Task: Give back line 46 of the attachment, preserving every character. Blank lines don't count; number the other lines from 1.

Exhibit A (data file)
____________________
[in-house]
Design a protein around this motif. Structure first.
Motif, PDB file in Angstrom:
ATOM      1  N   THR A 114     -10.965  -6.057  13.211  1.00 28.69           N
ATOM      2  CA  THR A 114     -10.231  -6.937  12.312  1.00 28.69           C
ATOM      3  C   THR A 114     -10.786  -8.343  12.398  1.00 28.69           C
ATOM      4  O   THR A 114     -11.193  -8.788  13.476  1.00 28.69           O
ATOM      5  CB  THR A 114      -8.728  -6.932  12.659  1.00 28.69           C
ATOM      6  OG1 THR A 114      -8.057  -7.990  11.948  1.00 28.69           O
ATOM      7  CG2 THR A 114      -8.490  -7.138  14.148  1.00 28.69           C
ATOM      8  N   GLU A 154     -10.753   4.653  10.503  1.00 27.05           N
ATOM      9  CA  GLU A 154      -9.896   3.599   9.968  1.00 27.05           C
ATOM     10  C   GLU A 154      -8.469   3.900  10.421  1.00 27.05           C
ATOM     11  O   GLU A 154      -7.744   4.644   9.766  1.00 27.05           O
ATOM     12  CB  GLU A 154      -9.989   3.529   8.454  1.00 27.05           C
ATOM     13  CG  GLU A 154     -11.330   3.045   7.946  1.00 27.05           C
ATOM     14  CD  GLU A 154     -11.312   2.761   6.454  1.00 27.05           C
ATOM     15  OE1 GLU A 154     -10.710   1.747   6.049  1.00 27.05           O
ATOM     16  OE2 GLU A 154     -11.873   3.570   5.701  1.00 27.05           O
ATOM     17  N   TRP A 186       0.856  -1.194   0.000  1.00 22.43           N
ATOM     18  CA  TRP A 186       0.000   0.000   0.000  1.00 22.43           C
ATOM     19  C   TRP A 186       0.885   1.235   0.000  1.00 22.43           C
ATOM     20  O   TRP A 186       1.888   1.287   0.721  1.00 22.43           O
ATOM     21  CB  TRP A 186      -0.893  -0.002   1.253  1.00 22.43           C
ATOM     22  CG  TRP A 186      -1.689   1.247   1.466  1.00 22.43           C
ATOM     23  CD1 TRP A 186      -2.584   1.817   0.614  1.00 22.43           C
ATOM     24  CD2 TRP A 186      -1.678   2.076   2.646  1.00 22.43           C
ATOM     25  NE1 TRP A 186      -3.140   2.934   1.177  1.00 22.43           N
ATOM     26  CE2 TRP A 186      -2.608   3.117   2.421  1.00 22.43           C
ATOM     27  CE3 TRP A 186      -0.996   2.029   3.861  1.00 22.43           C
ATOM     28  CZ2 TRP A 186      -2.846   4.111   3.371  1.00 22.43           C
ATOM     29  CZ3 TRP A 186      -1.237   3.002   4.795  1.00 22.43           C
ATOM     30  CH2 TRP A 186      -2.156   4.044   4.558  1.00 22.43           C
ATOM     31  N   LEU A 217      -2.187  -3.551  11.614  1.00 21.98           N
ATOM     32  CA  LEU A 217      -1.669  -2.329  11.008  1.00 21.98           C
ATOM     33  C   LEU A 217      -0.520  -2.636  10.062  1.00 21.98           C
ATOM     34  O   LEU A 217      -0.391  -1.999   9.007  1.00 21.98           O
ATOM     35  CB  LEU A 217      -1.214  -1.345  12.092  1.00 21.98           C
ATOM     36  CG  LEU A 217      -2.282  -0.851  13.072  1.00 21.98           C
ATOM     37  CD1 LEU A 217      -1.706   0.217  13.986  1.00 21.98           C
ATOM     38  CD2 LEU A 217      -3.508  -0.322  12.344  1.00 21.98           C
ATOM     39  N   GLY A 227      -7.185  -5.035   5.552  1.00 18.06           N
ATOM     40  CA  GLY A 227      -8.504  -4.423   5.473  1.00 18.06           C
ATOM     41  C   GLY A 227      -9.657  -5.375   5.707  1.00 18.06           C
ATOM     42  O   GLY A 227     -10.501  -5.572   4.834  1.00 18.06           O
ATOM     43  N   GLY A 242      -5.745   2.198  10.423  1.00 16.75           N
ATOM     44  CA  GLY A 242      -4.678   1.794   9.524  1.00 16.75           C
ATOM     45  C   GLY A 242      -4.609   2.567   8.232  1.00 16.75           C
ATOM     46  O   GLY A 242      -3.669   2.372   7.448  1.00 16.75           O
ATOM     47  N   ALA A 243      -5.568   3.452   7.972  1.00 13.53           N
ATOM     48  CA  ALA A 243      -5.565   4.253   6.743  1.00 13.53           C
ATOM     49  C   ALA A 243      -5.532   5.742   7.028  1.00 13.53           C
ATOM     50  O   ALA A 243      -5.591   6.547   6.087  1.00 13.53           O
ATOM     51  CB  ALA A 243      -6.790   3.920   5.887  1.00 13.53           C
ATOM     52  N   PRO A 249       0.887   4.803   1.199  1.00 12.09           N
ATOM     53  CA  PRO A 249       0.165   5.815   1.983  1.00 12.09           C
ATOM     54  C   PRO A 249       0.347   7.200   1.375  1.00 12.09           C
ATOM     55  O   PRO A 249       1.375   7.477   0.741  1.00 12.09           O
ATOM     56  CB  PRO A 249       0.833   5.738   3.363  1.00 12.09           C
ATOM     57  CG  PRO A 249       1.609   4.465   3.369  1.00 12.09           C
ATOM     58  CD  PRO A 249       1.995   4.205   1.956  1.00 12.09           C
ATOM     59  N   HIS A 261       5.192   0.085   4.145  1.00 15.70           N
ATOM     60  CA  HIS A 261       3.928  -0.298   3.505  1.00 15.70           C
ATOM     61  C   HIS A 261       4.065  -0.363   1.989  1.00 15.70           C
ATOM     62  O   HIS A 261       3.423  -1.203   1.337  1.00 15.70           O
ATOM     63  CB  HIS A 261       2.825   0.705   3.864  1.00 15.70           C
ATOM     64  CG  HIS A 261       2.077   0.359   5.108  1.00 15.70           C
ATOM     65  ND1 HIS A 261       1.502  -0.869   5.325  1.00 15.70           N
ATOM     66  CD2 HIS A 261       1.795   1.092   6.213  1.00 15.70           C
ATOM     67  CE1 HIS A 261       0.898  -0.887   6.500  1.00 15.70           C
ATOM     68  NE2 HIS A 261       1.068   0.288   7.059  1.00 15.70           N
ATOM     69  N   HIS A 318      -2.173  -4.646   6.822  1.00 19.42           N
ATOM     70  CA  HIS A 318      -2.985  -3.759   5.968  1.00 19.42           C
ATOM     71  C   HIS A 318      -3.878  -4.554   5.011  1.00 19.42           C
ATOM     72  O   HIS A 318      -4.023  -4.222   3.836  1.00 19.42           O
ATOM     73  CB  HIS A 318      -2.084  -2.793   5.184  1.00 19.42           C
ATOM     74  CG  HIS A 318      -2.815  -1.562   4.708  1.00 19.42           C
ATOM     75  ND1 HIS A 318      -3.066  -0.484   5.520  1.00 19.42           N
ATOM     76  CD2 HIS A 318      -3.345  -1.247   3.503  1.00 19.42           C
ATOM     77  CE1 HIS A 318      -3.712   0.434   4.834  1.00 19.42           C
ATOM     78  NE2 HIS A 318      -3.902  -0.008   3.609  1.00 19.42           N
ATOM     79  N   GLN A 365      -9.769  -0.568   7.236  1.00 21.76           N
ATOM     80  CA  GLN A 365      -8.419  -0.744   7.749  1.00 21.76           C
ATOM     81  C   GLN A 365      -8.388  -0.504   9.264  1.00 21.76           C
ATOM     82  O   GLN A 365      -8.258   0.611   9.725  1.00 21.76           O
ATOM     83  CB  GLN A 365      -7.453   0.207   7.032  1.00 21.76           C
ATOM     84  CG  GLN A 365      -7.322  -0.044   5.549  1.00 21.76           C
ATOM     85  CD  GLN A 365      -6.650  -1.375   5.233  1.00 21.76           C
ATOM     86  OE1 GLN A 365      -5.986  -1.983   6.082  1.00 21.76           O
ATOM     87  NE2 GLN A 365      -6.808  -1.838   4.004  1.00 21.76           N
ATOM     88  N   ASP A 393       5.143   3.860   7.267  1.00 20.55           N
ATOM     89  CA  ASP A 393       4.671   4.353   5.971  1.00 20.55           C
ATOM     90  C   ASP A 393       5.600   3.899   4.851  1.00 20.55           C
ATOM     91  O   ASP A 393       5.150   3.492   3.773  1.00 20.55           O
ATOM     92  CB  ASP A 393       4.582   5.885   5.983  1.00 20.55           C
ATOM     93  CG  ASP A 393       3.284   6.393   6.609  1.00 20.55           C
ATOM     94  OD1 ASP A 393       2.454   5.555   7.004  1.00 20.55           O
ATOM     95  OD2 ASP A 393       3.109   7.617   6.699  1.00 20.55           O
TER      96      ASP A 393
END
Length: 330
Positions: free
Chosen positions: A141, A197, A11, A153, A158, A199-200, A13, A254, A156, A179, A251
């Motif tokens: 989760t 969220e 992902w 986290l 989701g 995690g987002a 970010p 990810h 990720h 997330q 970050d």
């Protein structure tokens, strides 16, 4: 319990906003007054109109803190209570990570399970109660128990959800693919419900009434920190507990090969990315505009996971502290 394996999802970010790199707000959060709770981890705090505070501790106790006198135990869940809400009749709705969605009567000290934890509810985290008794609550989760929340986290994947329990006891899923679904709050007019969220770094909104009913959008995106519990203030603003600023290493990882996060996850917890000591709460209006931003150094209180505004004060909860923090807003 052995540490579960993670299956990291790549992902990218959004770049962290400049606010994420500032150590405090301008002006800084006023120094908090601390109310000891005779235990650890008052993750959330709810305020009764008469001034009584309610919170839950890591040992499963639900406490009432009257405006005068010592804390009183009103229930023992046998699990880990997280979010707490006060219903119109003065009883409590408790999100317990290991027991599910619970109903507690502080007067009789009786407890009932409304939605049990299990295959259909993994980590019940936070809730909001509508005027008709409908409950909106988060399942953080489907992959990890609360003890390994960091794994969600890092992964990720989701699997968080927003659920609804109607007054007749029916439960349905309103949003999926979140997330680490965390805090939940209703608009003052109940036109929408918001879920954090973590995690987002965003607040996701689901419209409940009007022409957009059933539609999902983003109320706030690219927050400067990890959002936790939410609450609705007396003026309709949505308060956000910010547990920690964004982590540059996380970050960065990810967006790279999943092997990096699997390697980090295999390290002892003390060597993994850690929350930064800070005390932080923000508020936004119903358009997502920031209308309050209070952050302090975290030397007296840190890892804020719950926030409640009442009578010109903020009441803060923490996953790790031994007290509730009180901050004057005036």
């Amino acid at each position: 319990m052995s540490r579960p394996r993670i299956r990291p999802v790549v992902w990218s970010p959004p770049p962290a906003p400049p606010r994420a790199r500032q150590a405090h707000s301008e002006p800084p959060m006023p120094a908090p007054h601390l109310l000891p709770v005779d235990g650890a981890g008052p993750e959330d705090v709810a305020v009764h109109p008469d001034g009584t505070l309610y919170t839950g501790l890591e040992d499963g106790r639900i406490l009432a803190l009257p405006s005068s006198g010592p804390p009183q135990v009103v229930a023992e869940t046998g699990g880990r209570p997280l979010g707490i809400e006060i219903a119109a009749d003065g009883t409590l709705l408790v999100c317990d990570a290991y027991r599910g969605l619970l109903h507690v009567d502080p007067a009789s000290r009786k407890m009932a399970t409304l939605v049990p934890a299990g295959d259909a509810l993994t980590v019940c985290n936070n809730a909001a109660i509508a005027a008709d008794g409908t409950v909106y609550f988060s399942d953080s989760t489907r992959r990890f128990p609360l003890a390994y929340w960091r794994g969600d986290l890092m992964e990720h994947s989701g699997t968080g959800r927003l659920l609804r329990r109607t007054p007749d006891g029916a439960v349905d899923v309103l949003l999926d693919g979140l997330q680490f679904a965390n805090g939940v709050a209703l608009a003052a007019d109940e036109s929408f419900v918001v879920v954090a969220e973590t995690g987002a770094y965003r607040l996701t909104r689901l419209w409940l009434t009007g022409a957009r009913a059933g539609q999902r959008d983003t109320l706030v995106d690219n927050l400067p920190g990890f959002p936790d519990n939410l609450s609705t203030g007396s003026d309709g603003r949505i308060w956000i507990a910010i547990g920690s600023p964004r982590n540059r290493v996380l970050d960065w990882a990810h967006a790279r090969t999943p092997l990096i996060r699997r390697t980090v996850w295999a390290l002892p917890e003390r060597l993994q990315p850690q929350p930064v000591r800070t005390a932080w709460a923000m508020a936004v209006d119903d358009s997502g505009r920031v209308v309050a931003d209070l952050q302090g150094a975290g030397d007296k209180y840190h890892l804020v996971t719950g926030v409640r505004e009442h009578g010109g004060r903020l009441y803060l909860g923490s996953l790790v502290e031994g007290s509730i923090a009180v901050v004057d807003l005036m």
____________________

ATOM     43  N   GLY A 242      -5.745   2.198  10.423  1.00 16.75           N